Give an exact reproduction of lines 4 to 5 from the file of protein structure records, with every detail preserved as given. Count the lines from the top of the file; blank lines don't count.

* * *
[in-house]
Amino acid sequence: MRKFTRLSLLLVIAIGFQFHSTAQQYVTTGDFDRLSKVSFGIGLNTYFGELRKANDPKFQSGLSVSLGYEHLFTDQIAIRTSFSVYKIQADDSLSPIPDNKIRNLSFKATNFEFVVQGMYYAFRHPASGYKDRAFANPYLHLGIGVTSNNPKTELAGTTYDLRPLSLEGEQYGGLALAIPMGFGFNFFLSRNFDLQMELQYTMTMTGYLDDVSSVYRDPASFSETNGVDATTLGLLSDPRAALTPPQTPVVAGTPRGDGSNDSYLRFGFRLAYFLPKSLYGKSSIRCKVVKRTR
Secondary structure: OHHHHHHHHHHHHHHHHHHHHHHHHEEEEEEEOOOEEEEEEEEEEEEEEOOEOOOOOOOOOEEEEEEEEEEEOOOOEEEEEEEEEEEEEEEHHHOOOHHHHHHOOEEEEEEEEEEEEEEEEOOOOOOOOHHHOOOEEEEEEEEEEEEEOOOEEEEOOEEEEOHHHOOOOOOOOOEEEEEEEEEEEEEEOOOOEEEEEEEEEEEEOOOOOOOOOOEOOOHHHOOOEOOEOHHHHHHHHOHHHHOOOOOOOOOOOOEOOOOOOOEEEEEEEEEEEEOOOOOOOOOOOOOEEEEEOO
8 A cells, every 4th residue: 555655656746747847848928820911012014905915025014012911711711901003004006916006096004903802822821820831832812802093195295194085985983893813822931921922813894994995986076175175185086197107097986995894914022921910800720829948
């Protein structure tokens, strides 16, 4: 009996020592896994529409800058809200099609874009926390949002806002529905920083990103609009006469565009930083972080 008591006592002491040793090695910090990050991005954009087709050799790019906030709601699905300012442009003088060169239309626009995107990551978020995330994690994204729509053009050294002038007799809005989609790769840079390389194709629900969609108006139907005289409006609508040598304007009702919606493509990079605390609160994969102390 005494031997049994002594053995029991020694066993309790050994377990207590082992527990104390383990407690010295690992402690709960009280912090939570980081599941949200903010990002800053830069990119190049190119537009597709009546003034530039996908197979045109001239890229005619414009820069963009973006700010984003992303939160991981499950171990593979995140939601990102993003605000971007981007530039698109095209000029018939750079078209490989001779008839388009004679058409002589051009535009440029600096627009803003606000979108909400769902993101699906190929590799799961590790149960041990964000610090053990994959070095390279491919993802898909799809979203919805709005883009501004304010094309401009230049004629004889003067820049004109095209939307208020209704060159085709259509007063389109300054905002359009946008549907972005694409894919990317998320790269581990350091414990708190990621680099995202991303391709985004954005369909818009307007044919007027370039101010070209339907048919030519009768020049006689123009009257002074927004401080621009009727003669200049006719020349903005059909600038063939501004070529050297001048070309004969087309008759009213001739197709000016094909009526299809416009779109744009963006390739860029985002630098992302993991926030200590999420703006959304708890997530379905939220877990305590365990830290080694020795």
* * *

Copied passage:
8 A cells, every 4th residue: 555655656746747847848928820911012014905915025014012911711711901003004006916006096004903802822821820831832812802093195295194085985983893813822931921922813894994995986076175175185086197107097986995894914022921910800720829948
């Protein structure tokens, strides 16, 4: 009996020592896994529409800058809200099609874009926390949002806002529905920083990103609009006469565009930083972080 008591006592002491040793090695910090990050991005954009087709050799790019906030709601699905300012442009003088060169239309626009995107990551978020995330994690994204729509053009050294002038007799809005989609790769840079390389194709629900969609108006139907005289409006609508040598304007009702919606493509990079605390609160994969102390 005494031997049994002594053995029991020694066993309790050994377990207590082992527990104390383990407690010295690992402690709960009280912090939570980081599941949200903010990002800053830069990119190049190119537009597709009546003034530039996908197979045109001239890229005619414009820069963009973006700010984003992303939160991981499950171990593979995140939601990102993003605000971007981007530039698109095209000029018939750079078209490989001779008839388009004679058409002589051009535009440029600096627009803003606000979108909400769902993101699906190929590799799961590790149960041990964000610090053990994959070095390279491919993802898909799809979203919805709005883009501004304010094309401009230049004629004889003067820049004109095209939307208020209704060159085709259509007063389109300054905002359009946008549907972005694409894919990317998320790269581990350091414990708190990621680099995202991303391709985004954005369909818009307007044919007027370039101010070209339907048919030519009768020049006689123009009257002074927004401080621009009727003669200049006719020349903005059909600038063939501004070529050297001048070309004969087309008759009213001739197709000016094909009526299809416009779109744009963006390739860029985002630098992302993991926030200590999420703006959304708890997530379905939220877990305590365990830290080694020795």